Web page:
If the broken ends of the bones have not significantly shifted out of place, you may not need surgery. Many broken collarbones can heal without surgery.

Nonsurgical treatment may include:

  • Arm support. A simple arm sling is usually used for comfort immediately after the break and to keep your arm and shoulder in position while the injury heals.
  • Medication. Pain medication, including acetaminophen, can help relieve pain as the fracture heals.
  • Physiotherapy. Although there will be some pain, it is essential to maintain arm motion to prevent shoulder and elbow stiffness. Often, patients will begin doing exercises for elbow motion immediately after the injury.

    After a clavicle fracture, it is common to lose some shoulder and arm strength. Once the bone begins to heal, your pain will decrease, and you may start gentle shoulder exercises. These exercises will help prevent stiffness and weakness. You will gradually start more strenuous activities once the fracture is completely healed.

Follow-up care. You will need to see Prof Imam regularly until your fracture heals. During these visits, he might take X-rays to ensure the bone is recovering well. After the bone has healed, you can gradually return to your normal activities.


Sometimes, a clavicle fracture can move out of place before it heals. It is essential to follow up with Prof Imam as scheduled to ensure the bone stays in position.

If the fracture does not heal, it is called a non-union.

  • In some cases of nonunion, the patient has very little pain and good motion, so no further treatment is required.
  • In other cases, nonunion can result in significant pain and may require a repair operation. 

If the fracture fragments move out of place and the bones heal in that position, it is called a malunion. Surgical treatment for this is scarce, determined by how far out of place the bones are and how much this affects your arm movement.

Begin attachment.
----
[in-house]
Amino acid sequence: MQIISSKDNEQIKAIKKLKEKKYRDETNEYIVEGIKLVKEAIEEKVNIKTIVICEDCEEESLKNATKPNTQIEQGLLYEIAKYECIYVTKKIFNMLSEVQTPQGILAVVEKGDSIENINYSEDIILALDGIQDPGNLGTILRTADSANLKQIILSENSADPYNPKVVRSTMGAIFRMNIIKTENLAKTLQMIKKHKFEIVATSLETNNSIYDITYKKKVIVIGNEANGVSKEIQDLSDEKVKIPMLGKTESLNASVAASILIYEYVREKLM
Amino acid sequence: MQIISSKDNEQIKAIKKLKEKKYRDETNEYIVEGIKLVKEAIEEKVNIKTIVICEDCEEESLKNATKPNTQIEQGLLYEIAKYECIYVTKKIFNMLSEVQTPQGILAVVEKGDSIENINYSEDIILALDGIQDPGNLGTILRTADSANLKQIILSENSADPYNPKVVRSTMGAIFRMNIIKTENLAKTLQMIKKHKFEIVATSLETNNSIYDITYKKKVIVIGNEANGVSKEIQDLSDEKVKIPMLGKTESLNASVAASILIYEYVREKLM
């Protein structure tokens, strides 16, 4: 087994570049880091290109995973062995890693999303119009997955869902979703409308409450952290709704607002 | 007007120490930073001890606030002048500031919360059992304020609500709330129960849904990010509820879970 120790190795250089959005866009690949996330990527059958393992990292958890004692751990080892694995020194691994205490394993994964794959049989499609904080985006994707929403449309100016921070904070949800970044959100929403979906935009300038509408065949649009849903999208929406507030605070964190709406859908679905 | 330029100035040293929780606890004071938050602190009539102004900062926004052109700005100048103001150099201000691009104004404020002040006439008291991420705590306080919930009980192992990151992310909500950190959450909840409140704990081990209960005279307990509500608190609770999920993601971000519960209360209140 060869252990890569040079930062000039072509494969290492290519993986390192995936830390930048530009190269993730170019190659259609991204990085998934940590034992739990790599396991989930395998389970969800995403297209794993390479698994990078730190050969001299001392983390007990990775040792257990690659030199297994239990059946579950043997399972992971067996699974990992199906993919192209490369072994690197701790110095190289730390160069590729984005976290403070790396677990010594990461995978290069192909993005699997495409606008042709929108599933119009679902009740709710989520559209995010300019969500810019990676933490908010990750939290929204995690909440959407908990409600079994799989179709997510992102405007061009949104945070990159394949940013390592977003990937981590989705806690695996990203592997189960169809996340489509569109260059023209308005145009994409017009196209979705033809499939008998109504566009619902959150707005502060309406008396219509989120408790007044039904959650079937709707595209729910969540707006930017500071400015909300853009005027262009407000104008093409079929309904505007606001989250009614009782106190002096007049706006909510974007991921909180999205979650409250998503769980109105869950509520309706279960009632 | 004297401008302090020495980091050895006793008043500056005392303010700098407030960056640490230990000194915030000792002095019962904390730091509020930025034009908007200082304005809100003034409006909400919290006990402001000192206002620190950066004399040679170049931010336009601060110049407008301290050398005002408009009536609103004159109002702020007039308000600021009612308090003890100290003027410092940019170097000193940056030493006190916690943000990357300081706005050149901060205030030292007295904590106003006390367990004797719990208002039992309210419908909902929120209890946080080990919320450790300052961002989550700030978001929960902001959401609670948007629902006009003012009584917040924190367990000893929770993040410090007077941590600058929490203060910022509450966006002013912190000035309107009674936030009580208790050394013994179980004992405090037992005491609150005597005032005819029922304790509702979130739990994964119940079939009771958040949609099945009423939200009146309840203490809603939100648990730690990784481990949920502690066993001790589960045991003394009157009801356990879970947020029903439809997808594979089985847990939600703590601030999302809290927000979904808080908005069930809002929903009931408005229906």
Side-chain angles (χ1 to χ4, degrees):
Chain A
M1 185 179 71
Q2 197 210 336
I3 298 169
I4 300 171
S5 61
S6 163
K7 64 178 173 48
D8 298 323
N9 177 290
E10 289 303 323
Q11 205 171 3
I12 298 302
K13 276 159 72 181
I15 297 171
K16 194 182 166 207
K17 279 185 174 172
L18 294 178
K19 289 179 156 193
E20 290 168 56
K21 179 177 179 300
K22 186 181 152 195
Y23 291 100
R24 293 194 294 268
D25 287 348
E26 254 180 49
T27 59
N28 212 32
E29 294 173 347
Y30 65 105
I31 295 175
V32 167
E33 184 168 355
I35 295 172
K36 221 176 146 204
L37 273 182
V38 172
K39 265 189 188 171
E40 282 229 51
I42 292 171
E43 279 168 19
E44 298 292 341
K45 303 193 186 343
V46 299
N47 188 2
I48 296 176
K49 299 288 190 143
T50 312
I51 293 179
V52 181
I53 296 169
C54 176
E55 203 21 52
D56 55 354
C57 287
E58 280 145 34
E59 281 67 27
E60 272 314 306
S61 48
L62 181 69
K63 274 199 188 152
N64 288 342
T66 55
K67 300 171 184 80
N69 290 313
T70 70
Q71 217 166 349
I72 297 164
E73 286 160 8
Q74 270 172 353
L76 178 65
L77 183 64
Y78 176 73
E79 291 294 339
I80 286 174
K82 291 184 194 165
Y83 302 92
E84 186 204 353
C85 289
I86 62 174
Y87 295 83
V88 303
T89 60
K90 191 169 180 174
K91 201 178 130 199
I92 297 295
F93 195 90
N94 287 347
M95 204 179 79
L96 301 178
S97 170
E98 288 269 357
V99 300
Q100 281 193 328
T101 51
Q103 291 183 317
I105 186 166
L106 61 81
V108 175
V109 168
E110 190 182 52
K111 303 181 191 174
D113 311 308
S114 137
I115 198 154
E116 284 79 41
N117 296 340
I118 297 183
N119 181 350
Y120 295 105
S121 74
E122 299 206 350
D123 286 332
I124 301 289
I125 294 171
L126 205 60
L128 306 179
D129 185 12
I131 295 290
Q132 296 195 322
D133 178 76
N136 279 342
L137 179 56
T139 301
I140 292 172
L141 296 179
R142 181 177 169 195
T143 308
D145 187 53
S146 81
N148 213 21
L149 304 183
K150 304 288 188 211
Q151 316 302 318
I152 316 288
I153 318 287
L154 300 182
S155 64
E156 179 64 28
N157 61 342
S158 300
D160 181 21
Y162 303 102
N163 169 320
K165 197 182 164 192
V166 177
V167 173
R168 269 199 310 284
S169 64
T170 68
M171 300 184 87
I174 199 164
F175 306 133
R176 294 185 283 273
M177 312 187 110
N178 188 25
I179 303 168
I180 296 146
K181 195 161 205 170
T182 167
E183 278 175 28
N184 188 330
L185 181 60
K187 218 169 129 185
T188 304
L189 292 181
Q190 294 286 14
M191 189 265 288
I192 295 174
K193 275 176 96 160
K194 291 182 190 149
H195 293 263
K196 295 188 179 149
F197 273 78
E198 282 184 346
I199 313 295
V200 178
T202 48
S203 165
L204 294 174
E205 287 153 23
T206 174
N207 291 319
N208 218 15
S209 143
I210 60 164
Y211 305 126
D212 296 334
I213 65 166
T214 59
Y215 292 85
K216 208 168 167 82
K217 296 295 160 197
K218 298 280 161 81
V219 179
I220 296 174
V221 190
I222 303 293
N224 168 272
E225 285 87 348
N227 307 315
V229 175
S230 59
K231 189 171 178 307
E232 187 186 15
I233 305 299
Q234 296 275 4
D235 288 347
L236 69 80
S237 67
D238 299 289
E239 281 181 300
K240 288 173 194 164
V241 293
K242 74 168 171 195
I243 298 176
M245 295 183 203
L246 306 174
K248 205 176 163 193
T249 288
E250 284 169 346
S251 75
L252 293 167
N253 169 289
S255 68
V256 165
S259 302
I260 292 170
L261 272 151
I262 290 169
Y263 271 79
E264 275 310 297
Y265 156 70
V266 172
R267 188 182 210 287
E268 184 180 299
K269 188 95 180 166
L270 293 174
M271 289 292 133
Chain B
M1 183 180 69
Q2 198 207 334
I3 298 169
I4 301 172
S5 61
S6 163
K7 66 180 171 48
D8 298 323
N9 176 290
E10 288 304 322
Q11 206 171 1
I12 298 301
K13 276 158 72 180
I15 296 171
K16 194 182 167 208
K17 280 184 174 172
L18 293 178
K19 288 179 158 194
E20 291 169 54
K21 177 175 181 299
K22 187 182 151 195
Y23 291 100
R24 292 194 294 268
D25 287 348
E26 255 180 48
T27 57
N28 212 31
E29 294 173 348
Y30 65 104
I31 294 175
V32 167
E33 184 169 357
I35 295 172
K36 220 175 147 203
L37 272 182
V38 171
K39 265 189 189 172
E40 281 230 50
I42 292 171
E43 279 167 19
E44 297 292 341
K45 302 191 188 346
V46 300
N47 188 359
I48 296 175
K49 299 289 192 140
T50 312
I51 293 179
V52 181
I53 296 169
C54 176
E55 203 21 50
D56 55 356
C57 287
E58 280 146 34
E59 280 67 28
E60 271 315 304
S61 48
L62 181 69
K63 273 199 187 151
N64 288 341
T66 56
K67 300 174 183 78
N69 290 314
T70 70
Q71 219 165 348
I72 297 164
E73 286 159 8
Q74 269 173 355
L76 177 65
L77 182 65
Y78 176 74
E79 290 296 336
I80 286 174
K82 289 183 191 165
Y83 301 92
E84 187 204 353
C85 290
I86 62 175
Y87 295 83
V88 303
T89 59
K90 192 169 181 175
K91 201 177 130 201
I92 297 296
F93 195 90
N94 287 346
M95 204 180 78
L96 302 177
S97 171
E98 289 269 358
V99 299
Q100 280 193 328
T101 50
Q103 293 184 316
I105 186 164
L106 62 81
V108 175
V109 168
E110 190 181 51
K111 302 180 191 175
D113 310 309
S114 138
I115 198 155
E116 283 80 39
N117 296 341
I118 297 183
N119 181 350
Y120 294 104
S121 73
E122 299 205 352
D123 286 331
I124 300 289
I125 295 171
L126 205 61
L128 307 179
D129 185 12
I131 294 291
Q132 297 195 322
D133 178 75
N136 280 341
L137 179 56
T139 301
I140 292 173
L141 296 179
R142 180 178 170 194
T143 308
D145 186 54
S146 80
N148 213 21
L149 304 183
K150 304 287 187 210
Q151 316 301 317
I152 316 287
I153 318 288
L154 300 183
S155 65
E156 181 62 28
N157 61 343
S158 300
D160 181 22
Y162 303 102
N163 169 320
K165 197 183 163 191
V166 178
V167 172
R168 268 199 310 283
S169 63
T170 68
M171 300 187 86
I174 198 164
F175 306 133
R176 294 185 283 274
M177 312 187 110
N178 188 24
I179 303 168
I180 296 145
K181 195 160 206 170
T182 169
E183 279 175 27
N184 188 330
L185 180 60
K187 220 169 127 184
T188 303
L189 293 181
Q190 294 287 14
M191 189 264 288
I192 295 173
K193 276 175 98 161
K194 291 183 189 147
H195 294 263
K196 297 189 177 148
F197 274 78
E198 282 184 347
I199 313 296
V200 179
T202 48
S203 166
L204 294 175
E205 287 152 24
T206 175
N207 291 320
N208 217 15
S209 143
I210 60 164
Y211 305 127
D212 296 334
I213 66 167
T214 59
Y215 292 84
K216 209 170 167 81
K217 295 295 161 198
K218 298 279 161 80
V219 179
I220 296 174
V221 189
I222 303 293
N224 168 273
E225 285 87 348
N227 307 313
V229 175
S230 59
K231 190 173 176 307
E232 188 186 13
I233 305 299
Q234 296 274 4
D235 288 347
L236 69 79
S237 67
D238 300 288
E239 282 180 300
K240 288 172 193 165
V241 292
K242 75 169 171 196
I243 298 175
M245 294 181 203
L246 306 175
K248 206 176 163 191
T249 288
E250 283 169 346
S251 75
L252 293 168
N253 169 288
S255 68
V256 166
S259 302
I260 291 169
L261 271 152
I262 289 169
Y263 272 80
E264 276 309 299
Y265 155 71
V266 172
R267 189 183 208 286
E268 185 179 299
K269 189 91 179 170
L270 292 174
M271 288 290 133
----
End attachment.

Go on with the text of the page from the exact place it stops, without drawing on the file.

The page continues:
A large bump over the fracture site may develop as the fracture heals. This usually gets smaller over time, but a small spot often remains permanently.

Surgical Treatment

If the broken ends of the bones have significantly shifted out of place, Prof Imam may recommend surgery.

Surgery typically involves putting the broken pieces of bone back into position and preventing them from moving out of place until they are healed. This can improve shoulder strength when you have recovered.

Open reduction and internal fixation. This is the procedure most often used to treat clavicle fractures. The bone fragments are first repositioned (reduced) into their normal alignment during the process. The pieces of bone are then held in place with special metal hardware.

Standard methods of internal fixation include:

  • Plates and screws. After being repositioned into their normal alignment, the bone fragments are held in place with special screws and metal plates attached to the outer surface of the bone.

    After surgery, you may notice a small patch of numb skin below the incision. This numbness will become less noticeable with time. Because the clavicle lies directly under the skin, you may be able to feel the plate through your skin.